SPOILERS: It’s always said that it’s better to read the book before you go and watch the film and The Hunger Games was no exception. Unfortunately, I did this the wrong way round but was thoroughly impressed with director Gary Ross’ interpretation of Suzanne Collins’ novel apart from it ruined the plot while reading it! The Hunger Games follows Katniss Everdeen, a sixteen year old struggling to keep her family alive in a futuristic world of Panem. Panem is made up of twelve districts of which Katniss lives in one of the poorest, District 12. Every year boys and girls aged 12-18 enter their names for the annual Hunger Games hosted by the rich and prosperous Capitol. The Games means that 24 tributes must fight to the death until there is one winner to bring honour and glory to their district.
In the novel the reader can instantly understand Katniss and the world she lives in. As Katniss describes Panem you can also see that Collins has some underlying political points and tackles the idea of poverty and tyranny. The poorer districts are starving and have to work hard to survive, catching game behind the backs of the Peacekeepers and selling it on. These underlying points make the book seem realistic and familiar. Ross translated this theme well to screen showing the desperation in District 12 and the contrast with the Capitol with their ridiculous bright colours and luxuries.
Katniss as a character is strong, relatable and passionate which is transformed to screen in the form of actress Jennifer Lawrence who gives a powerful performance. While reading the book it’s easy to get caught up in Katniss’ emotions. As a reader I felt the tension when her sister Prim’s name was picked at the reaping and her desperation as she volunteered herself. During her interview for the Games I even found myself holding my breath as she walked out onto the stage, struggling to be herself in front of the interviewer. It’s everything you want in a book, to relate to the characters and get lost in it. Even the in the film, actress Jennifer Lawrence invests a lot into the character Katniss and it is hard not to root for her and support her in the brutal Games.
As the Hunger Games forces the districts to send a boy and a girl to Capitol, Katniss’ partner comes in the form of the baker’s son Peeta Mellark. Strong in stature but a romantic at heart, Peeta strives to protect Katniss in the Games by confessing his love for her, though Katniss tries her best to keep up the star-crossed lovers facade, she finds herself struggling with her feelings for Peeta due to the fact that she also may have feelings for her friend Gale at home. This is one thing that I feel Collins could have done better in her novels but Ross achieved in the films. Here it can be apt to compare Stephenie Meyer’s Twilight series to The Hunger Games but this is where the comparisons will stop because they’re written in completely different ways with different literary techniques that are in Collins’ favour. However, Meyer successfully achieved the tension between Bella’s two love interests Edward and Jacob whereas in The Hunger Games novel I didn’t care much for Peeta or Gale, the latter especially. Perhaps it’s because the main focus is on the games but to me Gale only ever seemed like a friend to Katniss. His mysterious presence in the first part of the novel only ever comes across as a comrade and protector of Katniss and her family rather than a romantic interest. Yes, Katniss does mention several times how she misses Gale but it never seems truly convincing. Her relationship with Peeta is contrived in order to get sponsors when they’re in the arena but Katniss just seems completely oblivious to his feelings for her and every kiss they share is forced and unemotional. In fact, when Katniss describes her kisses with Peeta they’re never intimate or passionate but childish. It doesn’t make me root for either Peeta or Gale as a viable partner for Katniss. However, in the film as Ross cuts back and forth to scenes in District 12 with Gale’s reactions to Peeta and Katniss’ unfolding relationship on screen and his urgency to see Katniss before she leaves the district, it’s a lot more of a believable passion than in the books.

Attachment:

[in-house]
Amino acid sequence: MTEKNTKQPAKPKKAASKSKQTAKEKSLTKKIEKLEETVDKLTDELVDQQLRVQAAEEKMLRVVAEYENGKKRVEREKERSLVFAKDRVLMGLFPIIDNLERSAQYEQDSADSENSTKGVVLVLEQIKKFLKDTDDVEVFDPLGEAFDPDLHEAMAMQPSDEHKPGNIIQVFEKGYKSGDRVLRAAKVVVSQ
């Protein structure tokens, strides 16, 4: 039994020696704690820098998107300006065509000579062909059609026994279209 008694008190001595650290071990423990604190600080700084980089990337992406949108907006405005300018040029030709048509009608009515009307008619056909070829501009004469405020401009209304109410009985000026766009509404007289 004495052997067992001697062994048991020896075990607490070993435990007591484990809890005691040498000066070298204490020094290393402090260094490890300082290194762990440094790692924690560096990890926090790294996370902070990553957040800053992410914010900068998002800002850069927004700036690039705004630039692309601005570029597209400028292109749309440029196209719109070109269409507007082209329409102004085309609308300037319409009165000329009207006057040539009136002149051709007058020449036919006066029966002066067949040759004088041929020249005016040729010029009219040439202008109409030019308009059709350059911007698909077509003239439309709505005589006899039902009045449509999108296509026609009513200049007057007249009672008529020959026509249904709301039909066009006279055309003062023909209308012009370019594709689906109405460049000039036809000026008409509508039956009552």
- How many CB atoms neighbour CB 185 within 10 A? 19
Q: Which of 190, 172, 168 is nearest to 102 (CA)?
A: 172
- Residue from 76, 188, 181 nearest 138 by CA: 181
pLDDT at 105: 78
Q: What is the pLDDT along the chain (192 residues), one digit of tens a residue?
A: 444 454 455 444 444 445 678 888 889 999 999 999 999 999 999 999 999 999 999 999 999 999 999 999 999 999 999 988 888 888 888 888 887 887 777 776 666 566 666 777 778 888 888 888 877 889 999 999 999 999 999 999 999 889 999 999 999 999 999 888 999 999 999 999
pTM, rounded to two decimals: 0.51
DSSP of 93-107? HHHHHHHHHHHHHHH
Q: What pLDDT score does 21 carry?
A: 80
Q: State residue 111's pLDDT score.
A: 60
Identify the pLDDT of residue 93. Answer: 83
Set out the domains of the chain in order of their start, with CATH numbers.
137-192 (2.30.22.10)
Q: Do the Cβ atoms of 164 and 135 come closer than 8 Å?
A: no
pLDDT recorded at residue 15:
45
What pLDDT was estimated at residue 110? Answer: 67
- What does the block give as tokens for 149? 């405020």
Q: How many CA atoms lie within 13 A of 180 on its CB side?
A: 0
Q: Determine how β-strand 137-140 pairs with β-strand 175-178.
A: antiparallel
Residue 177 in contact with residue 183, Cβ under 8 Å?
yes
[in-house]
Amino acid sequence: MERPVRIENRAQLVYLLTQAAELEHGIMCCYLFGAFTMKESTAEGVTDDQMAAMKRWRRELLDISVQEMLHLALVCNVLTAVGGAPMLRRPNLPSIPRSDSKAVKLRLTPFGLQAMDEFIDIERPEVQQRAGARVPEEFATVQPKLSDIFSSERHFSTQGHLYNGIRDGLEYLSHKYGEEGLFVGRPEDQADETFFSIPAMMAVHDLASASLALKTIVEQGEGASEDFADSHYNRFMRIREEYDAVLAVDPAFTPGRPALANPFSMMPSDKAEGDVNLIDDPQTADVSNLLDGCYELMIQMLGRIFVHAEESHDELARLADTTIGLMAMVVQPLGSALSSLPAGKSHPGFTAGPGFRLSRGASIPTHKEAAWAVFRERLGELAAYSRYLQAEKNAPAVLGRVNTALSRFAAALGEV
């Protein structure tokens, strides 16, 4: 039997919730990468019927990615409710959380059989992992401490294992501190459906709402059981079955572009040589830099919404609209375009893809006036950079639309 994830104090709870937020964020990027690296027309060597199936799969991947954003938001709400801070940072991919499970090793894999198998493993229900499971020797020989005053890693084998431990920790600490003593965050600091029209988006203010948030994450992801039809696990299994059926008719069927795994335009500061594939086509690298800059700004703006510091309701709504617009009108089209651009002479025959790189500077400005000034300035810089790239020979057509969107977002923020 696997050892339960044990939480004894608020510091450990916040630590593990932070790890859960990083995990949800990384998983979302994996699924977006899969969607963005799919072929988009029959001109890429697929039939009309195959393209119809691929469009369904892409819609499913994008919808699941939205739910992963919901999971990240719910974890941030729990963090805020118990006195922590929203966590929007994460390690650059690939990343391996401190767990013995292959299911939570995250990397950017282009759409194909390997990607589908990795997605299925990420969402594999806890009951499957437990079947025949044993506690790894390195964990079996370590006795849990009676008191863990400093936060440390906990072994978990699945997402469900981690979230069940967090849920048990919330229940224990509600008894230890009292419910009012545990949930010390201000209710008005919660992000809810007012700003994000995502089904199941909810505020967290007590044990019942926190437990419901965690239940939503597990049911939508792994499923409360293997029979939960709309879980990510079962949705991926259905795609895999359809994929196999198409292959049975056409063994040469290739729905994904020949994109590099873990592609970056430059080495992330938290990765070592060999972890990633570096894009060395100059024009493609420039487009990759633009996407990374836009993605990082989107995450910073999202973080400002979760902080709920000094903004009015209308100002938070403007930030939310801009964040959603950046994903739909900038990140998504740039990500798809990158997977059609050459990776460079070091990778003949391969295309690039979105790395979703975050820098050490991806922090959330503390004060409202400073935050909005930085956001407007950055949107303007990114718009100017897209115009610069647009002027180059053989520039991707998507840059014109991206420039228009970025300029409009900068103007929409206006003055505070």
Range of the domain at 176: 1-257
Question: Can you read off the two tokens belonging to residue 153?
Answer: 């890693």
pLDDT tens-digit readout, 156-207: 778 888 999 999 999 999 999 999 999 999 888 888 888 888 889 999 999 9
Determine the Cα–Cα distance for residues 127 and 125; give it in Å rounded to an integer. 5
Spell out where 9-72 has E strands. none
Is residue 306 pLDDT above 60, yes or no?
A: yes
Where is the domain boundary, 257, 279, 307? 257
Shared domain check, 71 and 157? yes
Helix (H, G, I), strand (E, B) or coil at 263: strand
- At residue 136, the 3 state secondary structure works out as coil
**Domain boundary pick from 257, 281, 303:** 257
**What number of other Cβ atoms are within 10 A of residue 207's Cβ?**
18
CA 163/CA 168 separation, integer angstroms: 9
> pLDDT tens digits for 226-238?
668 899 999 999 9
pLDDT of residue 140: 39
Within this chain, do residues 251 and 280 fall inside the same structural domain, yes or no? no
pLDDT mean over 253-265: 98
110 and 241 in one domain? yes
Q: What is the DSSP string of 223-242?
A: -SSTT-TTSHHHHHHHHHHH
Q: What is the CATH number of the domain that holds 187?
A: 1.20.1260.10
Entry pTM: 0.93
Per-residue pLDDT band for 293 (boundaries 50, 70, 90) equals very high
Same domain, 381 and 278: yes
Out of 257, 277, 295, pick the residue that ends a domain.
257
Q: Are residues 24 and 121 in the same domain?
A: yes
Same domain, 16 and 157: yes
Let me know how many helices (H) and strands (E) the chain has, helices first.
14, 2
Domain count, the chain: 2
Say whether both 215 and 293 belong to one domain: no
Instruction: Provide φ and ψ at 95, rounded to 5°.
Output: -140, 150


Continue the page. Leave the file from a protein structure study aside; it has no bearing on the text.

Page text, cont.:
These relationships may be further explored in the sequels of The Hunger Games; Catching Fire and Mockingjay and I look forward to reading these. If you like the idea of a dystopian adventure novel with a hint of romance then you’ll enjoy the The Hunger Games. The movie sequel Catching Fire has been said by Lionsgate to be released November 2013.